Rezoning on Kane Creek Boulevard

Next, the council discussed a request to rezone property located at approximately 389 Kane Creek Boulevard. The property is currently zoned RA-1, a residential-agricultural zone, “established for the primary purpose of providing a location where residential development associated with limited numbers of livestock can be maintained,” according to city code. The property owner and developer wish to change the property’s classification to R-3 for “high density residential development.” R-3 properties are generally located in the central part of the city, adjacent to commercial areas and where “multiple dwellings can be best supplied with necessary public facilities.”

Moab’s planning commission held a public hearing on the potential rezoning, and the majority of the commission itself voted in favor of changing the property from RA-1 to R-3 because “we need affordable housing so badly in this community,” according to City Planner Nora Shepard. The planning commission forwarded a positive recommendation to the city council, and only one planning commission member, Jessica O’Leary, voted against the rezoning.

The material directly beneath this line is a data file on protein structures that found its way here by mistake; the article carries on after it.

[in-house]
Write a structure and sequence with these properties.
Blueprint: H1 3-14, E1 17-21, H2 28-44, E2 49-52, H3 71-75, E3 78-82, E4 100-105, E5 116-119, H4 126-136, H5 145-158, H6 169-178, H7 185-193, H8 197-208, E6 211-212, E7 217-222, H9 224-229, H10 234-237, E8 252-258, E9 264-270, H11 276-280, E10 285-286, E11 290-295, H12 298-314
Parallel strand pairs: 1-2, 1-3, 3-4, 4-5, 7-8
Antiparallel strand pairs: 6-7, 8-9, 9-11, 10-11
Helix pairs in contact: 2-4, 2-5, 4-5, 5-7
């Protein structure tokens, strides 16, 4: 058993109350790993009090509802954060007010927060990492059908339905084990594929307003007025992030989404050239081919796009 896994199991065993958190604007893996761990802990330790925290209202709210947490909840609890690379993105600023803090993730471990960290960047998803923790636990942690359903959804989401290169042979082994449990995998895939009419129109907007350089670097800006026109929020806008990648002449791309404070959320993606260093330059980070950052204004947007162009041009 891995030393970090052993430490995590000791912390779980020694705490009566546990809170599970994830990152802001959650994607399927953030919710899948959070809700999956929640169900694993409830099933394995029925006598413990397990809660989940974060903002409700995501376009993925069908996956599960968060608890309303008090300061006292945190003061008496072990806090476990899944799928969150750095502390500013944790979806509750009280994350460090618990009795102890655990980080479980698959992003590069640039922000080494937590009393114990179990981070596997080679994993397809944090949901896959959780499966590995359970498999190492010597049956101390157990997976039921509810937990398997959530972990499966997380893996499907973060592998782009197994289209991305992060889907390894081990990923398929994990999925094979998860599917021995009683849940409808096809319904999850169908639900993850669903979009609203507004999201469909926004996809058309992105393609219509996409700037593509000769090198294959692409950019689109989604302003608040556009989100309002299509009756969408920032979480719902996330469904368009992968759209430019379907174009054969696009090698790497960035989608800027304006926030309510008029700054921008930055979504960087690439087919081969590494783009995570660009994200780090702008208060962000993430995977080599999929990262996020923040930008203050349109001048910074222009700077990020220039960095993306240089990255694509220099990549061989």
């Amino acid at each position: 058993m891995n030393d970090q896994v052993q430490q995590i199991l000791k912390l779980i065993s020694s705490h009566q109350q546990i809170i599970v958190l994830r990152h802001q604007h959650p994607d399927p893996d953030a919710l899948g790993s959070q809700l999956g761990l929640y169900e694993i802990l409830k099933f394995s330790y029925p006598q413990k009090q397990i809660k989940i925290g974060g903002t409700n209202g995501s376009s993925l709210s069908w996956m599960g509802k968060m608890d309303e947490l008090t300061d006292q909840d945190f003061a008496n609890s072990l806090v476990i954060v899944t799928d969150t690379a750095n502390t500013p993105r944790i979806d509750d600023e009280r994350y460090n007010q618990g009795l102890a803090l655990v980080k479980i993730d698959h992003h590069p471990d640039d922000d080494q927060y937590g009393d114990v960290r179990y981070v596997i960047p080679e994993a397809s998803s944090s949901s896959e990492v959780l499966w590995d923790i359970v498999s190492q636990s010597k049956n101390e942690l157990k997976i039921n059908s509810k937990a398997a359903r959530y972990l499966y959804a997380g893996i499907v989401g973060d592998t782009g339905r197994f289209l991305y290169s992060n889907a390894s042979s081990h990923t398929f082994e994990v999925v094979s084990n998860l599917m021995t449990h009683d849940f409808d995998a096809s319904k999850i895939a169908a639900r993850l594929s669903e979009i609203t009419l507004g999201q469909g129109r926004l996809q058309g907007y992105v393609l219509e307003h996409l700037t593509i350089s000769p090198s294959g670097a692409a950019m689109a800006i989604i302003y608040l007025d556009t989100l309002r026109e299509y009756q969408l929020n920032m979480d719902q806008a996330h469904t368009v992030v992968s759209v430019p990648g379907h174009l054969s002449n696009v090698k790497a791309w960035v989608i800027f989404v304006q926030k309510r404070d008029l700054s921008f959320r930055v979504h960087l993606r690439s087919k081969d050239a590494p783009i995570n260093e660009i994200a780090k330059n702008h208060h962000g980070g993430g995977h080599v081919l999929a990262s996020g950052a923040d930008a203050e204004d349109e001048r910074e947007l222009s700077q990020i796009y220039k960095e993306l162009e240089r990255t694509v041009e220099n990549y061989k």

“I am personally opposed to a zone change. We’re told that we don’t know what’s going to happen to the property, and so that is all moot,” said Councilmember Rani Derasary. “It's always messy because we always have an allusion to potential for a proposed project, but since there’s no contract, there’s no guarantee.”

Duncan and Knuteson-Boyd also expressed hesitation due to lack of a contract and other “assurances” that the city council cannot require.

“We do need more housing desperately. I feel like this is a good location because it’s central and adjacent to Kane Creek,” said Jones. “I am inclined to support it. I feel like if new development is not yielding the housing or the affordability that we want, then it’s incumbent upon us to change our land use code to steer it in that direction.”

Guzman-Newton agreed, referencing an “affordable housing issue throughout the West” and asserting that rezoning is the only way for the city to allow for more dense housing opportunities.

Jones made a motion to approve the property’s change from RA-1 to R-3, which Guzman-Newton supported, but the other three councilmembers voted nay. Thus, the rezoning was not approved.

Finally, the council voted to approve an interlocal cooperation agreement between Utah County and Moab City for the upcoming 2021 municipal election, which will feature ranked choice voting. The measure passed unanimously.